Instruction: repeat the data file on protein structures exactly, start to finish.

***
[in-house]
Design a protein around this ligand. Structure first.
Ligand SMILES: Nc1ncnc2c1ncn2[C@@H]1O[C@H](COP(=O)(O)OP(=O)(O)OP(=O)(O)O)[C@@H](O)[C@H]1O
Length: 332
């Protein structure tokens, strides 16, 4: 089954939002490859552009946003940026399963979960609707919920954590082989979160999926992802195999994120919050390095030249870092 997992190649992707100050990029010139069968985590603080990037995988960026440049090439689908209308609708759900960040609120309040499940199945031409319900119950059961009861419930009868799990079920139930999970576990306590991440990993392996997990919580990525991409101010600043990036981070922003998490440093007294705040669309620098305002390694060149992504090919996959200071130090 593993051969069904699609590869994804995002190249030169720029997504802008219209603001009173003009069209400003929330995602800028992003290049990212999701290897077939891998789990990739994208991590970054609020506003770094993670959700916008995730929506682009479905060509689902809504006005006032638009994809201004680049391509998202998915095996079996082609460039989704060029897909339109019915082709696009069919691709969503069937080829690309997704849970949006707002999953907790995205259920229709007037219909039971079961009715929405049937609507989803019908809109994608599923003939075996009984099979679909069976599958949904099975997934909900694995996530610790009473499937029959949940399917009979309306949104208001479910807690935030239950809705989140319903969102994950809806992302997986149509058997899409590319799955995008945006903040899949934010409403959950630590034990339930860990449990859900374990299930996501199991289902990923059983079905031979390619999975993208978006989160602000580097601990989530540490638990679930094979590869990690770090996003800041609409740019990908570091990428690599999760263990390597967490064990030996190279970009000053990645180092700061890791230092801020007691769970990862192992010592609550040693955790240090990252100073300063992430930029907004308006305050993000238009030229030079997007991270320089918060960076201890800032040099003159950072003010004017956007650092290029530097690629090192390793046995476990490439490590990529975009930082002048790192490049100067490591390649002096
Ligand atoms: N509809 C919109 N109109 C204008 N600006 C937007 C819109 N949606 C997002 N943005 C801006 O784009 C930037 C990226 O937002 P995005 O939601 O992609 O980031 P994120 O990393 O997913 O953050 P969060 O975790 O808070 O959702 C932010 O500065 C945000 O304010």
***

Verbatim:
[in-house]
Design a protein around this ligand. Structure first.
Ligand SMILES: Nc1ncnc2c1ncn2[C@@H]1O[C@H](COP(=O)(O)OP(=O)(O)OP(=O)(O)O)[C@@H](O)[C@H]1O
Length: 332
């Protein structure tokens, strides 16, 4: 089954939002490859552009946003940026399963979960609707919920954590082989979160999926992802195999994120919050390095030249870092 997992190649992707100050990029010139069968985590603080990037995988960026440049090439689908209308609708759900960040609120309040499940199945031409319900119950059961009861419930009868799990079920139930999970576990306590991440990993392996997990919580990525991409101010600043990036981070922003998490440093007294705040669309620098305002390694060149992504090919996959200071130090 593993051969069904699609590869994804995002190249030169720029997504802008219209603001009173003009069209400003929330995602800028992003290049990212999701290897077939891998789990990739994208991590970054609020506003770094993670959700916008995730929506682009479905060509689902809504006005006032638009994809201004680049391509998202998915095996079996082609460039989704060029897909339109019915082709696009069919691709969503069937080829690309997704849970949006707002999953907790995205259920229709007037219909039971079961009715929405049937609507989803019908809109994608599923003939075996009984099979679909069976599958949904099975997934909900694995996530610790009473499937029959949940399917009979309306949104208001479910807690935030239950809705989140319903969102994950809806992302997986149509058997899409590319799955995008945006903040899949934010409403959950630590034990339930860990449990859900374990299930996501199991289902990923059983079905031979390619999975993208978006989160602000580097601990989530540490638990679930094979590869990690770090996003800041609409740019990908570091990428690599999760263990390597967490064990030996190279970009000053990645180092700061890791230092801020007691769970990862192992010592609550040693955790240090990252100073300063992430930029907004308006305050993000238009030229030079997007991270320089918060960076201890800032040099003159950072003010004017956007650092290029530097690629090192390793046995476990490439490590990529975009930082002048790192490049100067490591390649002096
Ligand atoms: N509809 C919109 N109109 C204008 N600006 C937007 C819109 N949606 C997002 N943005 C801006 O784009 C930037 C990226 O937002 P995005 O939601 O992609 O980031 P994120 O990393 O997913 O953050 P969060 O975790 O808070 O959702 C932010 O500065 C945000 O304010």